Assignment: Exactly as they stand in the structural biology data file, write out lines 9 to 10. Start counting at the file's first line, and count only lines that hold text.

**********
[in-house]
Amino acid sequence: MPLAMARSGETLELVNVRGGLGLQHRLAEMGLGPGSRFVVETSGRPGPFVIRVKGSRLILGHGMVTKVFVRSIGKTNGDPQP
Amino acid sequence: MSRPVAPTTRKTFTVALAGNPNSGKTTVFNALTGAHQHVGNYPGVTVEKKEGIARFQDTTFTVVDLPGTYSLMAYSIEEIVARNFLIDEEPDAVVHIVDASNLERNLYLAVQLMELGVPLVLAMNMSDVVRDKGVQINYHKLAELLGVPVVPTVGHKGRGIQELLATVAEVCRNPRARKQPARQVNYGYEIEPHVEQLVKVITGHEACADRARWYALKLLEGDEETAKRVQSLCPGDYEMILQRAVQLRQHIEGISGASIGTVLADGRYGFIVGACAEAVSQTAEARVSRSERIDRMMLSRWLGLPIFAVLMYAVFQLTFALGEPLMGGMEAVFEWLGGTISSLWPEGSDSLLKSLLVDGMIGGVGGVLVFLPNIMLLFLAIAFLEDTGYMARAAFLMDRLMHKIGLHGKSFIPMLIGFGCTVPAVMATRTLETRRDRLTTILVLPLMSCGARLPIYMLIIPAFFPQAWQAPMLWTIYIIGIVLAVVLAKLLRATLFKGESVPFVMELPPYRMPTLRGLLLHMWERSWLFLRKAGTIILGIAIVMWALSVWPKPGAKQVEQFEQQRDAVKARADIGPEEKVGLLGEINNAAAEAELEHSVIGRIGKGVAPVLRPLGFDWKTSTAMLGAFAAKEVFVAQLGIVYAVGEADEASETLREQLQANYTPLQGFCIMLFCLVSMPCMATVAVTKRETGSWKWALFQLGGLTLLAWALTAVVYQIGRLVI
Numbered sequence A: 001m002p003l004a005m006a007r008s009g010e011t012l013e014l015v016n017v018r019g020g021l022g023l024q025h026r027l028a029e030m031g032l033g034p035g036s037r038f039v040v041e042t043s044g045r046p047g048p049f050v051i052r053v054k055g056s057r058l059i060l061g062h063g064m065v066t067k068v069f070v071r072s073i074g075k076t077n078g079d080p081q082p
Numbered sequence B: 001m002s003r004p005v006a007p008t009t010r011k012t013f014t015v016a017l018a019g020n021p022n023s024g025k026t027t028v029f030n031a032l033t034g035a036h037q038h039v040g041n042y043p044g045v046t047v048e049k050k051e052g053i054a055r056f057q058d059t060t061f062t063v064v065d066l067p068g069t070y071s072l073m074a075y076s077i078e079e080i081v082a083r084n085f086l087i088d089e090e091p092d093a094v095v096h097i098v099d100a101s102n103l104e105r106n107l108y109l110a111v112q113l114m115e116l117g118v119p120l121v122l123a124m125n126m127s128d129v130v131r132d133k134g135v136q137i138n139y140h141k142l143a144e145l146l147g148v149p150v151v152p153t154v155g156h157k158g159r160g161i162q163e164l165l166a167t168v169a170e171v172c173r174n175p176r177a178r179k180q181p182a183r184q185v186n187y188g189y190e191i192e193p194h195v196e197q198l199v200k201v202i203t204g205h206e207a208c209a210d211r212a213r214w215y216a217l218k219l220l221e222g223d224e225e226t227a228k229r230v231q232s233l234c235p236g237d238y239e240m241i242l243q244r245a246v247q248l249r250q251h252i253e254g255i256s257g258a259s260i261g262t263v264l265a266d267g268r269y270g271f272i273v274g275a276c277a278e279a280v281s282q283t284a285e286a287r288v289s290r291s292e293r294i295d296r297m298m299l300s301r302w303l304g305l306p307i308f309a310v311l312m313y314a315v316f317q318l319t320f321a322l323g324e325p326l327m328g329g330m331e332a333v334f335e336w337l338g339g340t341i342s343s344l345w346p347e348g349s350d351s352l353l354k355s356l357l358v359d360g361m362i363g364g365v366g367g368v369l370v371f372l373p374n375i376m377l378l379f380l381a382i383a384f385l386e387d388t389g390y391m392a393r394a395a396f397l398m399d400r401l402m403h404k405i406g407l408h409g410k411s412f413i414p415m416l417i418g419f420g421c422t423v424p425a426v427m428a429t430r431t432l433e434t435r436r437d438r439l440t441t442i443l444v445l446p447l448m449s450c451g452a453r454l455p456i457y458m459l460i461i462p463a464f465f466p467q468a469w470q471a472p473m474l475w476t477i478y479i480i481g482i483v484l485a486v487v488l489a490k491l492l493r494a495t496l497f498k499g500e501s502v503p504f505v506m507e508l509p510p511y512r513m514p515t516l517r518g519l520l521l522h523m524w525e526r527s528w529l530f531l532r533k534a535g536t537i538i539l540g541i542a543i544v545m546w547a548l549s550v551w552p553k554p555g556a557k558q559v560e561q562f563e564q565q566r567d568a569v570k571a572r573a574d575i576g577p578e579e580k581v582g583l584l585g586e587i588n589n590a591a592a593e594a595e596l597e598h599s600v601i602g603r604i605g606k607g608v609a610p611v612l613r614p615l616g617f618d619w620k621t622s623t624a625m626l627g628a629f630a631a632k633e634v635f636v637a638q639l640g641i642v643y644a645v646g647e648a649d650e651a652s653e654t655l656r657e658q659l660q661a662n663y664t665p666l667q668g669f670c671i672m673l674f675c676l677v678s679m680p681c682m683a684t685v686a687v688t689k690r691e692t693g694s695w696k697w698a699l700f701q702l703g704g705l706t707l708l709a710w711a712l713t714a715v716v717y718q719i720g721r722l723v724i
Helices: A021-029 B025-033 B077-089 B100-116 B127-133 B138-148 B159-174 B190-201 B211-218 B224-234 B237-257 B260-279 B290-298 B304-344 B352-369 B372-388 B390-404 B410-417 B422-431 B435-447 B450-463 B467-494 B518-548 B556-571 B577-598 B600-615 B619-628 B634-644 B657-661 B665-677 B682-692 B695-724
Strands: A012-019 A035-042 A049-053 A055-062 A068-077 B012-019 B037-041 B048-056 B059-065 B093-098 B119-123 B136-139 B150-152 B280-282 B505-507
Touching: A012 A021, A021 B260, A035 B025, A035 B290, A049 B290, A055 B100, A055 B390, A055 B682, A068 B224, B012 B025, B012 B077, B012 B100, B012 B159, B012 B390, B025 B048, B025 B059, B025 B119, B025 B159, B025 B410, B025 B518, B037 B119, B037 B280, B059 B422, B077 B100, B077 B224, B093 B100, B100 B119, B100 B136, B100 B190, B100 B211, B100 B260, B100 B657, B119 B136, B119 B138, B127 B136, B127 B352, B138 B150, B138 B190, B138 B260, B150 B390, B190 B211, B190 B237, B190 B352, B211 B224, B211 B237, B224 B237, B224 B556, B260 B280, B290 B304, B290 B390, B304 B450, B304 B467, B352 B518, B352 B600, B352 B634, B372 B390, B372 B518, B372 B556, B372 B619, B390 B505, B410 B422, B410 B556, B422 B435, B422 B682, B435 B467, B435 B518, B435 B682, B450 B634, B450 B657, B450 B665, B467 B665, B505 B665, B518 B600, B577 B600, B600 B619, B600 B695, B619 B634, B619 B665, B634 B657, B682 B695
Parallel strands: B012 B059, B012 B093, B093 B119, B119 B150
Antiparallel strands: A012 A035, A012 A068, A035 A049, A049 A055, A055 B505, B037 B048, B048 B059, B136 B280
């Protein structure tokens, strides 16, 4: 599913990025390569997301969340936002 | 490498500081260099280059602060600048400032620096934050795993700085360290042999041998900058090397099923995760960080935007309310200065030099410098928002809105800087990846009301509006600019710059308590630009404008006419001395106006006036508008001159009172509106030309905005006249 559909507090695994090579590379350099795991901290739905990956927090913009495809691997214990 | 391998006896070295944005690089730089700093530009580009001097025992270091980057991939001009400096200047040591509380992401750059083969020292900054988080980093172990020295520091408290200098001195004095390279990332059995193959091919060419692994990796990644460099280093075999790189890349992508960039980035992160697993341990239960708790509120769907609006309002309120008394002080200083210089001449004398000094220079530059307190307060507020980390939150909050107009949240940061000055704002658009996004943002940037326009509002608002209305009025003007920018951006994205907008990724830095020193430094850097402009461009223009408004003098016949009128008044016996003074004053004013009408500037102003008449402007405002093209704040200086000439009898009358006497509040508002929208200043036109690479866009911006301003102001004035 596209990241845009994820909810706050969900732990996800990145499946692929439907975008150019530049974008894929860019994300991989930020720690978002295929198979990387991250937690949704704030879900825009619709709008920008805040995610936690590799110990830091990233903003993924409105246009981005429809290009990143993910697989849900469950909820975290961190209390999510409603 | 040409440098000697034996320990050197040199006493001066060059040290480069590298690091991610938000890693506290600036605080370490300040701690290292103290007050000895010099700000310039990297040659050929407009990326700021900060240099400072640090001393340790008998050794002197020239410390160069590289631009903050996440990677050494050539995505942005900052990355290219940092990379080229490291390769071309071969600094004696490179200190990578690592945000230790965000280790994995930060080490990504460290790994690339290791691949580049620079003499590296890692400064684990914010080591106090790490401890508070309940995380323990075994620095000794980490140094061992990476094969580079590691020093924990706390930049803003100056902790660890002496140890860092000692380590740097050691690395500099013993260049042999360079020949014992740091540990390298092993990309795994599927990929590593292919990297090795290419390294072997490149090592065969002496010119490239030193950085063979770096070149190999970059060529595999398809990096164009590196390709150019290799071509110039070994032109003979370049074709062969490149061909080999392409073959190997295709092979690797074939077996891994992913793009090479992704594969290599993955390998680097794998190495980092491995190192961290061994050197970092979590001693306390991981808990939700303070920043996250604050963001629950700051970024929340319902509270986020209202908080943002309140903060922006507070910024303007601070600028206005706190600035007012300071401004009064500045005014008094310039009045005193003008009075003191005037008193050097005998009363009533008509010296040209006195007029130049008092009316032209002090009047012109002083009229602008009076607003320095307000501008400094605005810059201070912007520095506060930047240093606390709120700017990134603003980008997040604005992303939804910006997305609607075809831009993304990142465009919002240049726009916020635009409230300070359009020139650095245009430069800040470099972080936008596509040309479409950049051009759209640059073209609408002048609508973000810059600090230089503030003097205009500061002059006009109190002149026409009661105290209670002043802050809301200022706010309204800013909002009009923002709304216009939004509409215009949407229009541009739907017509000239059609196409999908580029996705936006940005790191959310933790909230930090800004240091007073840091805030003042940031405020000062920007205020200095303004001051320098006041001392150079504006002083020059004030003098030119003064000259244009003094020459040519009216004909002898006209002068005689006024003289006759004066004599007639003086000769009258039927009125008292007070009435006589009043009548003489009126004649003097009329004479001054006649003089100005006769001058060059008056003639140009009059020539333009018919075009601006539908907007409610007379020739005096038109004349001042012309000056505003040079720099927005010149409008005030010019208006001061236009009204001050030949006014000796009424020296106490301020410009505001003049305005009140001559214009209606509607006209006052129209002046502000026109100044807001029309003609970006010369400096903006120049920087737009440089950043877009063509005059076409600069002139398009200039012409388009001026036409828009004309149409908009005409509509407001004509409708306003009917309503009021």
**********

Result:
Parallel strands: B012 B059, B012 B093, B093 B119, B119 B150
Antiparallel strands: A012 A035, A012 A068, A035 A049, A049 A055, A055 B505, B037 B048, B048 B059, B136 B280